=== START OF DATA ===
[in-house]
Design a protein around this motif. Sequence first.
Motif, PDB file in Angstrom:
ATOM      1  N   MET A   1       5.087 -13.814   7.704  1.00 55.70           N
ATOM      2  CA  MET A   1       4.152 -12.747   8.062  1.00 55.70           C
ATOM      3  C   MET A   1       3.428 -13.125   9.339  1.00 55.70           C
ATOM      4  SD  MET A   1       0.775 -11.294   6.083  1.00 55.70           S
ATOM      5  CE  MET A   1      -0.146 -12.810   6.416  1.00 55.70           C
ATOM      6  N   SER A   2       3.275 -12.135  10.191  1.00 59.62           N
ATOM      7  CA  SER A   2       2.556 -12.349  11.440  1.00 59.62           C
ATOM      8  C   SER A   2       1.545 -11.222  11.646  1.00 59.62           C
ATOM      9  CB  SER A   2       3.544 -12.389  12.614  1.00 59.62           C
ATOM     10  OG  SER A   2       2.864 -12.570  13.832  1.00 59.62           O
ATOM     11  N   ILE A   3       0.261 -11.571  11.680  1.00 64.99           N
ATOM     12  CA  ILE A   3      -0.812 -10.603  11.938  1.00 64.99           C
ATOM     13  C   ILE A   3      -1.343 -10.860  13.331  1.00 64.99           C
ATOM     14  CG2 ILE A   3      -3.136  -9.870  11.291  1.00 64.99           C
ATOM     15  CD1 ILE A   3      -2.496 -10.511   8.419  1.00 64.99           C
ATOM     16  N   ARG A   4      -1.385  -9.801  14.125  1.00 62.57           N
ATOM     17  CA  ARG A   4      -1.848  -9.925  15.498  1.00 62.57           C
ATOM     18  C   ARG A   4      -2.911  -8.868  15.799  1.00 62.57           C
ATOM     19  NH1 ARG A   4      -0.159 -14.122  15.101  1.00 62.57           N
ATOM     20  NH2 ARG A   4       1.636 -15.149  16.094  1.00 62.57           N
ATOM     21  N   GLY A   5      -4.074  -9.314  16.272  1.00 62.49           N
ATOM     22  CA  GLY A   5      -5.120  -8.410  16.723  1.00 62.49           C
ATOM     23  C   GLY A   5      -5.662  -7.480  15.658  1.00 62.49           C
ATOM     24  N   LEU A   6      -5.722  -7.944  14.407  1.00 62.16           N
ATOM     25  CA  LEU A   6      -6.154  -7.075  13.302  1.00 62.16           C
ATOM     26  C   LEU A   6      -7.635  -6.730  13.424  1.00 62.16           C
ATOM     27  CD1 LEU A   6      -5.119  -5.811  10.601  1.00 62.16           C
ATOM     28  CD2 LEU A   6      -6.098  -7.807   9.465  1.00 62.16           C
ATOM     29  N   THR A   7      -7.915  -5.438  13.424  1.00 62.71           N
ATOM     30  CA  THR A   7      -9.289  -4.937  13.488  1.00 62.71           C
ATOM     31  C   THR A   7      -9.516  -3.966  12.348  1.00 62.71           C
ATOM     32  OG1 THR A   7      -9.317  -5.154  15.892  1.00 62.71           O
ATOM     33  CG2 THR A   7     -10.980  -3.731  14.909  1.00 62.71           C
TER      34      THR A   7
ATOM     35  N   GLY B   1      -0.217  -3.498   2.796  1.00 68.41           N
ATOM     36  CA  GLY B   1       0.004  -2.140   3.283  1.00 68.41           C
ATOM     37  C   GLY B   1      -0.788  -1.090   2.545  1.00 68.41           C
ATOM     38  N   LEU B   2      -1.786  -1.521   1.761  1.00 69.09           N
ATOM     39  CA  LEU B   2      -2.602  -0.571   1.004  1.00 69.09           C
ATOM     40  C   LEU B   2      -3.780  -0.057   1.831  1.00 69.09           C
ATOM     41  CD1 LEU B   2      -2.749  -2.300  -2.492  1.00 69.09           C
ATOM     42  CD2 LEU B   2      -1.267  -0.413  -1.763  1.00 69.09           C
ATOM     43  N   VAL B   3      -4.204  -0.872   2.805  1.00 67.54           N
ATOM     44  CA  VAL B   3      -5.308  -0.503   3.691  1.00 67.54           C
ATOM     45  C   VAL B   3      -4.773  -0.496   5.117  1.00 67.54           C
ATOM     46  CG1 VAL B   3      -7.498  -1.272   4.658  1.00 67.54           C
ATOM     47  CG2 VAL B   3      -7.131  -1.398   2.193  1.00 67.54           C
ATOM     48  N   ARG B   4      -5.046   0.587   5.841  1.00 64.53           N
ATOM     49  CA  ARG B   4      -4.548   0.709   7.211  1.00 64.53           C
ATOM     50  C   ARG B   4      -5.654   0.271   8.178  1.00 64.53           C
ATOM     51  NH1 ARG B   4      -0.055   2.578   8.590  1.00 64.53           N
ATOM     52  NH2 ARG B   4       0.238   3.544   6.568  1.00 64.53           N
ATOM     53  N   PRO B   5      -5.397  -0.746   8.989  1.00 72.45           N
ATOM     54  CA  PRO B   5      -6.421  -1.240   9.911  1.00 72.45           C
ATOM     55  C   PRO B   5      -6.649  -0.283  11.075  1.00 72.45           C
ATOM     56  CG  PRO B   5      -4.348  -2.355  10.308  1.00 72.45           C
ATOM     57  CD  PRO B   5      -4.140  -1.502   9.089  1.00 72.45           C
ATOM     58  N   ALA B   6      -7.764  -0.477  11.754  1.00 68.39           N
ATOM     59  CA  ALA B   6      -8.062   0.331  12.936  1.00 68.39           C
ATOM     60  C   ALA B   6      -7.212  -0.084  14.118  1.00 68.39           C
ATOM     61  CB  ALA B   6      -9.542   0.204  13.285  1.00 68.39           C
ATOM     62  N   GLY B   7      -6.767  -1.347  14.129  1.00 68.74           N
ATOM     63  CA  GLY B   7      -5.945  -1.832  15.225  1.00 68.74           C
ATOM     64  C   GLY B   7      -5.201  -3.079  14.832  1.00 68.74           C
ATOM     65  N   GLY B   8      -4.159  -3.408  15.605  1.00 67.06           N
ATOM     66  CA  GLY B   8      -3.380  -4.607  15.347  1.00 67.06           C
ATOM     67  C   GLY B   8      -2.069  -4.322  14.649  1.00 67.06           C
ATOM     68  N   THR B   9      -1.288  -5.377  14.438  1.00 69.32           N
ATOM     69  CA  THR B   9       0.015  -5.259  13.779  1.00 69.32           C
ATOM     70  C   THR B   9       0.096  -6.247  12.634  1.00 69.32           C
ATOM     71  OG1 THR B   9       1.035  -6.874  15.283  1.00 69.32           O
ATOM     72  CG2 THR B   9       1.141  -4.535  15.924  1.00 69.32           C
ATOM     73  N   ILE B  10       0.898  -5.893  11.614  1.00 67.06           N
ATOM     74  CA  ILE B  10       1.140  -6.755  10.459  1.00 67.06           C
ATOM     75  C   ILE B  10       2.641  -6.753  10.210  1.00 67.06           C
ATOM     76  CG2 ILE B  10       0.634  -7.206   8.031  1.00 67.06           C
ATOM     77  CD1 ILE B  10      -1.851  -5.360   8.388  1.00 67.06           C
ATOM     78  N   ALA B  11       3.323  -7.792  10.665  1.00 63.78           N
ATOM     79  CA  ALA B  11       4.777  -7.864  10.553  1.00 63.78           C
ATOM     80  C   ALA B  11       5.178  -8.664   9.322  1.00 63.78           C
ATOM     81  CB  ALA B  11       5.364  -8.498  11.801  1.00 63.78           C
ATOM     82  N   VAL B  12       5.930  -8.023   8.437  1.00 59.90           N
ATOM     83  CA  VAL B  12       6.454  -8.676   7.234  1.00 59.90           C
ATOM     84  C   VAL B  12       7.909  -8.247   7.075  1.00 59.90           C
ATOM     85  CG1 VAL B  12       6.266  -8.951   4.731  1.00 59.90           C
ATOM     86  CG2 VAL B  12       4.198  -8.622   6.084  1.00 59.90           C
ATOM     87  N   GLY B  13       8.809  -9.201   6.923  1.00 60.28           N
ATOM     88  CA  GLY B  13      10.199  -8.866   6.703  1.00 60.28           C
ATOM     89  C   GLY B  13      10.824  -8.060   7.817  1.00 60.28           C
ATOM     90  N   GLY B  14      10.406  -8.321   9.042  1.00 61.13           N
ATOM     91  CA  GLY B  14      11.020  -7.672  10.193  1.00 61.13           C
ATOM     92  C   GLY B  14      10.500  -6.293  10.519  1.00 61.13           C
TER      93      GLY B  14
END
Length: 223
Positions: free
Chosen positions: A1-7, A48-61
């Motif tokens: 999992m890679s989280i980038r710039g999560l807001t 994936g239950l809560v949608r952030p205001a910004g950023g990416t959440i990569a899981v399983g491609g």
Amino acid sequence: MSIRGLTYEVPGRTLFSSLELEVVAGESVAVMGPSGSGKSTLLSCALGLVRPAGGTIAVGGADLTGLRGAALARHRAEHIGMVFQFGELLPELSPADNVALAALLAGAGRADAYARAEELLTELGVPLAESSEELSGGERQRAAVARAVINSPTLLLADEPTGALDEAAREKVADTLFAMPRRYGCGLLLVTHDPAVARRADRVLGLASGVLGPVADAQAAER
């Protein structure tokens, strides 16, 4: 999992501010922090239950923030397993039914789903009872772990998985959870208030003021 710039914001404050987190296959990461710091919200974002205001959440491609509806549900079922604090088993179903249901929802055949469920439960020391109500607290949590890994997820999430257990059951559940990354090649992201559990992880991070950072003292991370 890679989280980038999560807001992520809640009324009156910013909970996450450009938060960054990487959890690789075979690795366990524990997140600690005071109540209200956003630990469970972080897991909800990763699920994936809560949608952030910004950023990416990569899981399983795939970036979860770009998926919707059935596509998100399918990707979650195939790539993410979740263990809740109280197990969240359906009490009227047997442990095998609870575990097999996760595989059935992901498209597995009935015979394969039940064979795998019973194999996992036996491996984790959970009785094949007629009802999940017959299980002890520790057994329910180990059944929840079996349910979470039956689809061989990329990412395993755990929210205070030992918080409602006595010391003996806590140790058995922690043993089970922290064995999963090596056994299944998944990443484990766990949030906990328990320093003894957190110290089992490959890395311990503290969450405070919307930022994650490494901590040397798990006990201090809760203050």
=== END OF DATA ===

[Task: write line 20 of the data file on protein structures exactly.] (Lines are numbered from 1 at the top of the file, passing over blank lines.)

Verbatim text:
ATOM     17  CA  ARG A   4      -1.848  -9.925  15.498  1.00 62.57           C